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Posts Tagged ‘race’

In the basement of the finest and perhaps most politically controversial restaurant in Oberlin, OH – an Asian fusion restaurant that dares combining ciabatta and seaweed – I sat somewhat dumbfounded by my company: ten other student leaders of Oberlin College political organizations and our esteemed guest, Lt. Dan Choi. Patiently waiting for my ramen dish (sans organic fish cake), I listened to my peers pelt questions in Lt. Choi’s direction. Finally, a pause in the conversation just long enough for me to muster the courage to speak my mind. After twenty minutes of blabby mainstream environmentalism, I felt prepared to add some color to the table. In the company of all white people withstanding one other student and the revered guest himself, I felt a moral (and intellectual) obligation to ask Lt. Choi about race.

How has your Asian American experience affected your military life? Your queerness?  Your activism?

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Hello Swirlies!

As I conclude my internship with Swirl Inc., I present the research that I have done, which examines if believing that race is a social construct correlates with a biracial individual’s self-esteem. Thank you to all who have participated! The following is an abridged version of the reasoning behind and findings of my research: (more…)

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Hello Swirlies!

The time has arrived for you to participate in the study I have been working on this summer!

Please read in further detail below the qualifications for the study.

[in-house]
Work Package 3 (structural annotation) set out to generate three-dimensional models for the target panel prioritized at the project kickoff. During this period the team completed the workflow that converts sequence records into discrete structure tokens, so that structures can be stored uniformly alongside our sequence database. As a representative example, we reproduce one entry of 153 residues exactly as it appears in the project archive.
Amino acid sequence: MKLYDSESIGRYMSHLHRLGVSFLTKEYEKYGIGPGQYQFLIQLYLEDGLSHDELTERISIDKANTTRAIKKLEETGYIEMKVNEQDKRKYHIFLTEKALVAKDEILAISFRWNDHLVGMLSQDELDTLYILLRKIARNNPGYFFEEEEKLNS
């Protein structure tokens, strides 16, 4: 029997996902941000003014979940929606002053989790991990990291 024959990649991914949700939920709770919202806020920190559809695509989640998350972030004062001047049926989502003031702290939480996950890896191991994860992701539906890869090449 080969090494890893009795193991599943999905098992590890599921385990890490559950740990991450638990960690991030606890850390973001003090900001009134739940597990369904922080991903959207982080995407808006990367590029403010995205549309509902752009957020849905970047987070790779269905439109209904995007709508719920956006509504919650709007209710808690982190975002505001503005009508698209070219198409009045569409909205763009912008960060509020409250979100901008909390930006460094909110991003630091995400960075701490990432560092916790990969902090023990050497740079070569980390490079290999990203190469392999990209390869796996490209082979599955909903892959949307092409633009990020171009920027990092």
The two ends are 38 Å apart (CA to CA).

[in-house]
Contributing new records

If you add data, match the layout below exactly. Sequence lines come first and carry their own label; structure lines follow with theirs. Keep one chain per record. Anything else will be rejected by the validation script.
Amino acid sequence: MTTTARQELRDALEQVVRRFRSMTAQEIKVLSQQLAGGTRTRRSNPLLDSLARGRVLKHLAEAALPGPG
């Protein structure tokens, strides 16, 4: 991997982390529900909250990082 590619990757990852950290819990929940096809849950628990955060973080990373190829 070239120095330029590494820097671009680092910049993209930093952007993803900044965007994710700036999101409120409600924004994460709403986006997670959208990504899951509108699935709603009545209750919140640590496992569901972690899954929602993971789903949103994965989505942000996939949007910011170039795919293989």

Thank you, and please send this out to your bi- and multi- racial friends and family!

– Olivia

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Originally published at Caramels on Maple Street

by Francie Latour

Lately, my 3-year-old daughter has been asking the same question over and over. I thought I’d run clean out of answers when she was 2, and she would ask, “Mama, why?” Now, I’ve got real problems, because here’s what my little girl wants to know: “Mama, why did Martin Luther King die?” (more…)

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Originally published at The Time Is Always Right

by Jen Chau

In the past couple of years, I have noticed a certain complacency that I never noticed before, in my eleven years of leading Swirl. The same passion and the same excitement around building multiracial communities had faded a bit. In the one year leading up to the Presidential election, we launched five new chapters (the norm had been a chapter every year or every other year). People were excited by the energy created by Obama’s campaign, and they were motivated and eager to be a part of creating supportive and inclusive multiracial communities. (more…)

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Raza

Yolanda Arroyo Pizarro

by Yolanda Arroyo Pizarro

When I was eight years old
I was already astute
a smart worm
a perceptive cactus
who knew at that point
that during school recess (more…)

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Originally published at The Time Is Always Right

Discussion2 by Jen Chau

In my years of diversity work, I am pretty sure about one thing. The people who are “good” at talking about race issues are those who have practiced.

As a participant in discussions about race, I have heard certain white individuals (not all) lament, “I just don’t know how to talk about this stuff.” And then I have heard some people of color (not all) in turn, say, “I am tired of talking about this stuff every day.”

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